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Home / Health / Powerful Herbs: Nutrition Packed Nettles!


There is a saying that goes: “The sting of the nettle is but nothing compared to the pains that it heals.”  Indeed this herb has healing power. There are very few herbal teas that pack such a strong nutritional punch like Nettles! A prehistoric plan naturally found in Europe, Africa, Asia, and North America, stinging nettles is a flowering plant that has been used for centuries for a variety of medicinal purposes. Nettles are rich in chlorophyll, vitamins, minerals, and even contain some protein. One cup contains 6.6 grams of carbohydrates and 2.4 grams of protein. As far as vitamin content, one cup contains three times the daily requirement of vitamin A, and up to 400% of the your bodies’ need for vitamin K.

Nutrition Benefits of Nettles

Consuming nettles can be  helpful to recover from fatigue and anemia as it is high in iron. Adding to its’ stellar nutritional profile is calcium, copper, iron, magnesium, manganese, phosphorus, potassium, selenium, sulfur, and zinc for a powerful combination of minerals that are vital to the body’s functions.  A vitamin B powerhouse, nettles contain vitamins B1, B2, B3, B5 along with vitamins C, E, K and folate. Nettles are packed with a host of essential phytonutrients such as lycopene, beta-carotene, caffeic acid, acetic acid, and betaine.

Nettles to Treat Disease

These naturally occurring plant compounds (phytonutrients) help prevent and treat many of the diseases in humans by preventing and reducing free-radical-induced damage to your cells and DNA.  With these nutritionally powerful properties, there’s no wonder nettles carries a sharp reputation for overall good health as a dietary supplement (pun intended because they can actually sting). Nettles have possible antispasmodic, diuretic and expectorant effects; they also have anti-inflammatory qualities, which Blue Shield Complementary and Alternative Health attributes to their ability to inhibit the release of pro-inflammatory prostaglandins.

As a tea, nettles can be used to treat a number of diseases and inflammations of the urinary system.  Nettles can be used to treat anemia, asthma, allergies such as hay fever and allergic rhinitis, benign prostatic hyperplasia, cancer, diabetes, goiter, kidney problems, and malabsorption syndrome. It’s great for the kidneys, helping to expel gravel from the bladder, and dissolve kidney stones.  Nettles stimulates the kidneys to excrete more water, helping to purify the blood of toxins, metabolic wastes, eliminating viruses and bacterial infections. Also, due to the decreases the tea causes in blood sugar levels, and subsequently the glycemic level, it is great as a tea for diabetics. The tea actually cleans out the entire intestinal tract, and activates the body’s natural defense mechanisms.  Other uses and benefits include helping with high blood pressure, anemia, skin inflammation, and more. For patients undergoing chemotherapy, who have a hard time with solid foods, including nettles tea and drinking throughout the day can assist in getting in some important nutrients. With all of the apparent uses for nettles, there’s no wonder why this herb is such a hit with so many people who are aware of its benefits- and even more- it tastes great! Below are a few ways  you can use nettles to add great flavor and abundant health to your life one tea cup at a time.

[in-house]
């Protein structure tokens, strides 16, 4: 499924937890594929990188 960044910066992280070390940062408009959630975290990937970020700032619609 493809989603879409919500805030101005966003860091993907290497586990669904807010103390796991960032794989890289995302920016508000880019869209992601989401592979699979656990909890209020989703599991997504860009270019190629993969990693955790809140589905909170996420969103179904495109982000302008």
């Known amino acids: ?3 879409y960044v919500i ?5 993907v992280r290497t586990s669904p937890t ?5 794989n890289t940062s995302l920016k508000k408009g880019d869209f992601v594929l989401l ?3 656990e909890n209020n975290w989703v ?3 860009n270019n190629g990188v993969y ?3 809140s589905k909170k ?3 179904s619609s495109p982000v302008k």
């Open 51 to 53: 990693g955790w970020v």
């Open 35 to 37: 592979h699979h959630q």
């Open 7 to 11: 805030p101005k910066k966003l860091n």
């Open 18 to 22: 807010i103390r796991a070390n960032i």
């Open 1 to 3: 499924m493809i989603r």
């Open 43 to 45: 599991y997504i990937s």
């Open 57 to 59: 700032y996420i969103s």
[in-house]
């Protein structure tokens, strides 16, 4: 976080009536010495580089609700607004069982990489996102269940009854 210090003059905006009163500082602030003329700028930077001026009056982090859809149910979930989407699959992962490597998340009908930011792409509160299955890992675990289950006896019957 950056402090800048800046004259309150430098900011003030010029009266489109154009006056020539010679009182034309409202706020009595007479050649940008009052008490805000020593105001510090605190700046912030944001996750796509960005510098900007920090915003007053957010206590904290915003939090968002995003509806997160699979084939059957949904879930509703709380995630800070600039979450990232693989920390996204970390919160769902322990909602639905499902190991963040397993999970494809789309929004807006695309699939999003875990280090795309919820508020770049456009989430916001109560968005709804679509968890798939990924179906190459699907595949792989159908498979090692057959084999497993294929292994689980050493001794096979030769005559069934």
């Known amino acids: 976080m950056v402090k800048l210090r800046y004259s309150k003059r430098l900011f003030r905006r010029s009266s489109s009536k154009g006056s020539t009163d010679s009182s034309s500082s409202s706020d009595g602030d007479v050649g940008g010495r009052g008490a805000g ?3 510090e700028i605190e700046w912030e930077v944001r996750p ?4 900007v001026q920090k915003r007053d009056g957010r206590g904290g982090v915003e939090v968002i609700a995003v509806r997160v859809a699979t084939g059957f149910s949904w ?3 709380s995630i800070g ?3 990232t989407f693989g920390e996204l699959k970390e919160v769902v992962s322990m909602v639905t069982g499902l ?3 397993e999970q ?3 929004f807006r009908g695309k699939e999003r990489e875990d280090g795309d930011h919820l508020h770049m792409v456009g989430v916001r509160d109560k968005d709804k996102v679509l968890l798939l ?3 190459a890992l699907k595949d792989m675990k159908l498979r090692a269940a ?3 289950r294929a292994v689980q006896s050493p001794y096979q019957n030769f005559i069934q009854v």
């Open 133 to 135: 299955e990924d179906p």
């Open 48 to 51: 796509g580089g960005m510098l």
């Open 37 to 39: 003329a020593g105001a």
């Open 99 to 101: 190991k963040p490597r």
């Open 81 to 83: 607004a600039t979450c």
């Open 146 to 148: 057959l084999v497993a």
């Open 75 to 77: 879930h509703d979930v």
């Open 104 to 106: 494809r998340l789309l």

Herbal Tea/ Tisane  

Soak fresh or dried nettle leaves in boiled water.  For a more concentrated, infused drink, use more nettles and make sure they are finely crushed, then let them sit while covered and boiling for a good ten minutes.  This can be served either hot or cold.

Nettle Tincture

For a healthy and youthful hair and scalp, 6-7 fresh leaves or 2 spoons of dried plant in a half a liter of alcohol for 10 days will make a concoction that will revitalize your hair, eliminating dandruff and leaving hair silky and fresh.  Rub this at the root of the scalp.

Nettle Juice

For a powerful addition to your daily routine, nettle juice will provide a host of healthy and powerful benefits if added to your juicing regiment.  Just take the leaves and the stem and place them in the juicer. Filter the paste that results from this process and you will be left with a juice that is to be kept cold in the fridge in a dark container.  Consume a half a glass before the most important meals of the day to regulate arterial pressure and straighten the blood vessels. If you suffer from renal insufficiency and you want those kidneys to kick it back into high gear, drink one glass of this every day after waking up for 20-30 days and you’ll be feeling a major change.  Drink 1-2 glasses of nettle juice every day for 2 weeks if you suffer from anemia and de-mineralization.


Gladstar, R. (2012). The beginners guide to medicinal herbs: 33 healing herbs to know, grow, and use. Pownal, VT: Storey.


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